Growing up, "fuck" was a shocking word--especially from a child--and flipping someone the bird was actually a pretty offensive thing. But as the years went by, this constant over-punctuation took its toll, arguably reducing the English language, and certainly taking the sting out of an otherwise effective retort. Such is the case with Elizabeth Meriwether's overwritten new play, Oliver Parker! While it starts out as a breathtakingly original play, energetically directed by Evan Cabnet, once we grow acclimated to the quirks of the language and characters, reality (or the lack thereof) sets in. Though Lauren Halpern's terrifically trash-cluttered set and the cast's hyperactively barbed performances hint that there's something worthwhile under the surface, the play contentedly remains a comic mess, as if its own brokenness might somehow reveal something about its characters'.
And yet, though Oliver Parker! might not go anywhere, it's guiltily enjoyable, especially when Meriwether keeps the relationships light and without definition. Jasper (John Larroquette) spends most of the first scene slumped in a chair ("Santa Claus on heroin"); he eats pie with his hands because he's too lazy to get a fork, he doesn't wear shoes anymore because he didn't have any paper towels and yet needed to dispose of his dead cat (which, hungry--and perhaps suicidal--found its way into the Draino). His status as a war veteran perhaps explains his emotional state, which swings from the depressed minimal ("I'm contemporary. [long beat] Contemporary casual.") to the fiercely deranged ("I like to wreck stuff").
He's well-contrasted by the suave, tuxedo-wearing Oliver (Michael Zegen), who rationally attempts to take care of the man, while at the same time relishing his power. But as Jasper coyly tries to get Oliver to accept a self-help book (he's been watching a lot of Lifetime, which he feels is being beamed directly into his brain), and Oliver goes into his own fit, calmed only by pretending to be a dead cockroach, it becomes clearer that their relationship is something more than that of the spoiled young know-it-all and the rotted old do-nothing. Unfortunately, their relationship is damaged in exactly the way that you'd expect, even if their means of dealing with that baggage is new. (If That Face had not also just opened, these twisted ways of coping might seem even stronger, although Albee's The Goat comes to mind, too.)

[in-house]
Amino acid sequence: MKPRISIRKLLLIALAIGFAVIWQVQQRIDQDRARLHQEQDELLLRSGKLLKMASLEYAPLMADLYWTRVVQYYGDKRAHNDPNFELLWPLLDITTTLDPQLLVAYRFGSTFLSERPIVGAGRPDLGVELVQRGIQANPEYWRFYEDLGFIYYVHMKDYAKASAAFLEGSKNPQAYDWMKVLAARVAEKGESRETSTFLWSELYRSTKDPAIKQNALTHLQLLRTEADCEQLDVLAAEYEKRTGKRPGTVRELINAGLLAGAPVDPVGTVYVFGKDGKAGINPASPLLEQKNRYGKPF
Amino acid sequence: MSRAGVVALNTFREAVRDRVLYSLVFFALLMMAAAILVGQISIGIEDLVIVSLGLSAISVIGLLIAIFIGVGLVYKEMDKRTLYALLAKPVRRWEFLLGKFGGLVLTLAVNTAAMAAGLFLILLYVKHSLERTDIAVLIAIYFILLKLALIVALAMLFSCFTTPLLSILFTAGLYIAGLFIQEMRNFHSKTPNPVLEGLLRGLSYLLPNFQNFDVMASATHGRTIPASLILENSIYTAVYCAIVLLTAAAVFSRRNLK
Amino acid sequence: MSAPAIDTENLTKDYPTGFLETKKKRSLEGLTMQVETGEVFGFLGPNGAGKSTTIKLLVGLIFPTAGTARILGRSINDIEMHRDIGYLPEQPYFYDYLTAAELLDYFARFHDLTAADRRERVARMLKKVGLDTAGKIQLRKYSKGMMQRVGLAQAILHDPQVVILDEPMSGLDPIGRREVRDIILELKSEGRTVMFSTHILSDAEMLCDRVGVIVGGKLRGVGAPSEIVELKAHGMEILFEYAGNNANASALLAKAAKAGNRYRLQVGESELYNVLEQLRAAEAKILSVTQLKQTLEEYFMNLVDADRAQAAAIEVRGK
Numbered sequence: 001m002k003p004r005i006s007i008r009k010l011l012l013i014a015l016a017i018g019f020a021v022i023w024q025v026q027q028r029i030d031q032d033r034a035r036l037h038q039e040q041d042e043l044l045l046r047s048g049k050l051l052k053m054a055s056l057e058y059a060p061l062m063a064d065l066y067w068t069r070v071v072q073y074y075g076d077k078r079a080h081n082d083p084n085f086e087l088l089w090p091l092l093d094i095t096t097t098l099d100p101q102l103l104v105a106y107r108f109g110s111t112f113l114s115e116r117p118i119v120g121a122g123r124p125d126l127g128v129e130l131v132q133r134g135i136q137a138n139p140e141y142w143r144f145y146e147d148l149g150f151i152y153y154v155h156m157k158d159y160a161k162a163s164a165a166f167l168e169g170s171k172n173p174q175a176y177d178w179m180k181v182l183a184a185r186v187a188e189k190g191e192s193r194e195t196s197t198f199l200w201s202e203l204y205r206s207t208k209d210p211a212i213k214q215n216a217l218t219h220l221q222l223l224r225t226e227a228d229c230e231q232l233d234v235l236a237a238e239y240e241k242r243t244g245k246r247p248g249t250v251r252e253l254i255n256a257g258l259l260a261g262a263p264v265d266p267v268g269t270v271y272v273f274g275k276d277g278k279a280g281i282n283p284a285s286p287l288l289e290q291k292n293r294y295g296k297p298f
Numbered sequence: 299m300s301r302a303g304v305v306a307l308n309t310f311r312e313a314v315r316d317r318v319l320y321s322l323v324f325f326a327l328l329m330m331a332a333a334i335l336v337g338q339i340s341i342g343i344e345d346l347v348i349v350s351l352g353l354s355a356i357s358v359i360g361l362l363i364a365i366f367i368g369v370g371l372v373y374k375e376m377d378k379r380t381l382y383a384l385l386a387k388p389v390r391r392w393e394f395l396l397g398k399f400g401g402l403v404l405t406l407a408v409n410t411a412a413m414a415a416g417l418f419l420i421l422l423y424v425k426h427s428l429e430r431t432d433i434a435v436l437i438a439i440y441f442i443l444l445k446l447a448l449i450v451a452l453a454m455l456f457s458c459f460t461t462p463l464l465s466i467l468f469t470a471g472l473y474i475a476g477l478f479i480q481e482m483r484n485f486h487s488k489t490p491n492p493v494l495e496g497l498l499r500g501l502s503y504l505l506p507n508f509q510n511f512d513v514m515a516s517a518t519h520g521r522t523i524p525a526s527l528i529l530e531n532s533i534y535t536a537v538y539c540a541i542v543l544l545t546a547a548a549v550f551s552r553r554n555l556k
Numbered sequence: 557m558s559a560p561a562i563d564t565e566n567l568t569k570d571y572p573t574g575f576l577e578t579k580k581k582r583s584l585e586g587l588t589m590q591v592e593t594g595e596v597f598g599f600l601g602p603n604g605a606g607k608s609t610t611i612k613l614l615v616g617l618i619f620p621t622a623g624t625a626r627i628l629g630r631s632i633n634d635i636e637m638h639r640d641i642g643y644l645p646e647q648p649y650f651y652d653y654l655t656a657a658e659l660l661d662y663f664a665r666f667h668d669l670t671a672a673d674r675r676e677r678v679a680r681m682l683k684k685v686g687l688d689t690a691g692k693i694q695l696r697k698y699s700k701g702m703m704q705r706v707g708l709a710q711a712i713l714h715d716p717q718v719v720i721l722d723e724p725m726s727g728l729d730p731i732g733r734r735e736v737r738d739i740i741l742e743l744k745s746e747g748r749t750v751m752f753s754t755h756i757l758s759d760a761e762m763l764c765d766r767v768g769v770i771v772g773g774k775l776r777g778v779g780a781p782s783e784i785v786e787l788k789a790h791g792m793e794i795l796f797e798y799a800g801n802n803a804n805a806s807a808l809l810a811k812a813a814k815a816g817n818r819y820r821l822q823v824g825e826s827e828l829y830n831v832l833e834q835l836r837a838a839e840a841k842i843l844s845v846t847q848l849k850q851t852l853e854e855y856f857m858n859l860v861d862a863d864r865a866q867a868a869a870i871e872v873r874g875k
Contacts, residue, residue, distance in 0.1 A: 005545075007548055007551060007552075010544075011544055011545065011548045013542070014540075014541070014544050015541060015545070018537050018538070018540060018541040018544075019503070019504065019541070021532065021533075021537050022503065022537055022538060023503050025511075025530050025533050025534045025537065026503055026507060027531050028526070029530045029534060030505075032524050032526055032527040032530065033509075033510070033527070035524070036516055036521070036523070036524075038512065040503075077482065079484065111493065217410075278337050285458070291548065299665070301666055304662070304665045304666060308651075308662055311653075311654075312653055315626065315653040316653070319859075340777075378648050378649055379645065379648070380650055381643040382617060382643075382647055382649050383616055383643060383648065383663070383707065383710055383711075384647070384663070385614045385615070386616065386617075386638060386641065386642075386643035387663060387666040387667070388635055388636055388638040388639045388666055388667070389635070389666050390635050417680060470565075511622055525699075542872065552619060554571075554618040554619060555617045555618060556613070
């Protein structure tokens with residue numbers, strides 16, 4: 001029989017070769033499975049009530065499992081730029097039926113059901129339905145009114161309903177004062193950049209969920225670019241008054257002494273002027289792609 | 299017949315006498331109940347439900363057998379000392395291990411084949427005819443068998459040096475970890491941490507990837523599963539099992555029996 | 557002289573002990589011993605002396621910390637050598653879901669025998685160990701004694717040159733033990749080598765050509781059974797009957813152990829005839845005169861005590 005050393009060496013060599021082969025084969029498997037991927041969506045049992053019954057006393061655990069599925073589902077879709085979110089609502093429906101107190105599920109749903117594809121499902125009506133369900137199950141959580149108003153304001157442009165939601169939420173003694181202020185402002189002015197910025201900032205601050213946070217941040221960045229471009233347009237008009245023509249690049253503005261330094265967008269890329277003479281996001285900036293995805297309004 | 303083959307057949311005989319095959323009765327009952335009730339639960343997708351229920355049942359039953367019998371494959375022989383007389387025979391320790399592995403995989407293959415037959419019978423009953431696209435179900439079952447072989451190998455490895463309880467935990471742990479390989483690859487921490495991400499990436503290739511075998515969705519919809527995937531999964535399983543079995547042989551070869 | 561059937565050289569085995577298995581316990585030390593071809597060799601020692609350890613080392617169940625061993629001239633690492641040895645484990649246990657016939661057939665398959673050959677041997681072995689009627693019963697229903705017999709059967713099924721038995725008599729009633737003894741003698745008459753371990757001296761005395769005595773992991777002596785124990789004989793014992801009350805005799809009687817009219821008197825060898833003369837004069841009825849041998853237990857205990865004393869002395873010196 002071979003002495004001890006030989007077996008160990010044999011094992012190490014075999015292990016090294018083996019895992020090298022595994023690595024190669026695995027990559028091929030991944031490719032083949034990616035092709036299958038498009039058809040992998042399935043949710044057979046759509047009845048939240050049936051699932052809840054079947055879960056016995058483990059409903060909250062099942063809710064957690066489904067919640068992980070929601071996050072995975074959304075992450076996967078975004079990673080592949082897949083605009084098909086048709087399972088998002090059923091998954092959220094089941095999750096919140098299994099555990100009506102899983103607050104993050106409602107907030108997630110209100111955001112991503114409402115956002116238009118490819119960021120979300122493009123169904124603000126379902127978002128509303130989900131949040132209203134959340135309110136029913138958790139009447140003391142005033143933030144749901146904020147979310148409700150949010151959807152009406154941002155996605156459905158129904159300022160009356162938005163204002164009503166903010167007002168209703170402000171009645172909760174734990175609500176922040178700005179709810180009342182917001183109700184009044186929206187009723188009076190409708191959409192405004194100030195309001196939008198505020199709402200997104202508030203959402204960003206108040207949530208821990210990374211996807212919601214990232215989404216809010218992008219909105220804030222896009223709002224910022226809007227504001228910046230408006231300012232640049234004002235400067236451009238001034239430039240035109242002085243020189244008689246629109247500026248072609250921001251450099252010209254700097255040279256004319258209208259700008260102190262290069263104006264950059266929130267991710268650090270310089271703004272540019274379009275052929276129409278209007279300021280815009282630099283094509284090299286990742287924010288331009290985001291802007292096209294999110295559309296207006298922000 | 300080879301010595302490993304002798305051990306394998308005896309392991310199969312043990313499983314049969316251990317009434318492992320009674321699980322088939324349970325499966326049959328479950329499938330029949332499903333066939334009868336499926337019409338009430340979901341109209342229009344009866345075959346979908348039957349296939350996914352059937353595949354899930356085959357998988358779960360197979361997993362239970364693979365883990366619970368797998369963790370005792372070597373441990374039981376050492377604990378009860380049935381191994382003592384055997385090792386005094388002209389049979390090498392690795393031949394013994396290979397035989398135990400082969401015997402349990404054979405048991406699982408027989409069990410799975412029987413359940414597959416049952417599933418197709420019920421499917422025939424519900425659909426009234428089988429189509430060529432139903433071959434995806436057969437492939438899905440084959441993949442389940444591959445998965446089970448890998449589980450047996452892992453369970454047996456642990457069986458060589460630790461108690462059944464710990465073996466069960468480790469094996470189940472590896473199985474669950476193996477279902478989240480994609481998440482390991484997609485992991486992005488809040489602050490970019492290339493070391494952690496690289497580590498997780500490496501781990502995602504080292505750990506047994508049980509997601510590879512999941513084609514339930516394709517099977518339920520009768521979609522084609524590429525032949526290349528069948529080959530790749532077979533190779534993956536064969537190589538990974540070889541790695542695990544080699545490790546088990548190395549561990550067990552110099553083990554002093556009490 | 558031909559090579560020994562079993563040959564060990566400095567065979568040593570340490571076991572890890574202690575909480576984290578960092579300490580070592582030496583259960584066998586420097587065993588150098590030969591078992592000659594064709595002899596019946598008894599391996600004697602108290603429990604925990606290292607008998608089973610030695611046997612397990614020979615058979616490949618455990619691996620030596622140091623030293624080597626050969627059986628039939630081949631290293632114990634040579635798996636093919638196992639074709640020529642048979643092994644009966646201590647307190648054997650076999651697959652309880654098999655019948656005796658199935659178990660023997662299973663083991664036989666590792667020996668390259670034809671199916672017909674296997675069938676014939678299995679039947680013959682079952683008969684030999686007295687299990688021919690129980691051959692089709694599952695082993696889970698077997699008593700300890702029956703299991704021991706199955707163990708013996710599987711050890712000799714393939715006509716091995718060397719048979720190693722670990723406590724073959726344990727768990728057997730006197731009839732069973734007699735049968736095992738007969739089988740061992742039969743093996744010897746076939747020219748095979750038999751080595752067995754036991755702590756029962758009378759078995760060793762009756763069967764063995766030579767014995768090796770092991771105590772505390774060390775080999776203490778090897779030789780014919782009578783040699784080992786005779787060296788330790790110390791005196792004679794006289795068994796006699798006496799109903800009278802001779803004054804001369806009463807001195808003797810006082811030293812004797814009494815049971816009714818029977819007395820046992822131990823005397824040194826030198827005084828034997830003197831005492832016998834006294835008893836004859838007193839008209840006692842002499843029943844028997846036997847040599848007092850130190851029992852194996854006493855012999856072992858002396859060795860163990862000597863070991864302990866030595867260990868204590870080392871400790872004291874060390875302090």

Holding up less well are Meriwether's secondary characters--not because they're badly acted, but because they don't even have a strong and skewed relationship to cling to. Johanna Day is magnificently addled as a grieving mother, Willa Cross--so much so that we can understand her sneaking off with the filthy rich and criminally young Oliver in order to score some secretive self-medication from his pharmaceutical father. But the fact that she's also a US Senator makes it less likely that she'd risk scandal so directly, especially after her first encounter with Oliver ends with him in nothing but his underwear and a skeleton mask: "Touch my bones." The same goes for Monica Raymund, who is perfectly poised as Cross's aide (attempting to smooth things over); when Jasper mistakenly identifies her as a hooker hired by Oliver, she's so businesslike that it takes her a while to even register the implication, and when she does, her retort is the hilarious "I have a Blackberry!" But when she suddenly sheds her professionalism, swayed by a sickening story, she, too, becomes a flimsy character--there to amuse us, perhaps, or to see just how far our screwed-up heroes will take things, but not a living, breathing character.
And this is where Oliver Parker! ends up, lost in meaningless antics and throwaway jokes. Jasper tells a poignant story about his limo driving days, concluding--after flirting with a transvestite--that "I don't know what anything is any more." Perhaps that's the mood Meriwether wants for her play, then: a broken world in which things that shouldn't happen nonetheless happen, and it's an admirable effort. At best, then, she's showing a coping mechanism for which the mechanics are all too obvious, especially when they get bogged down in the lazy melodramatic flourishes of the final scene. Given the subject matter, Oliver Parker! pulls off a neat trick in that we don't leave the theater hating any of the characters; however, we don't leave the theater feeling anything for them, either.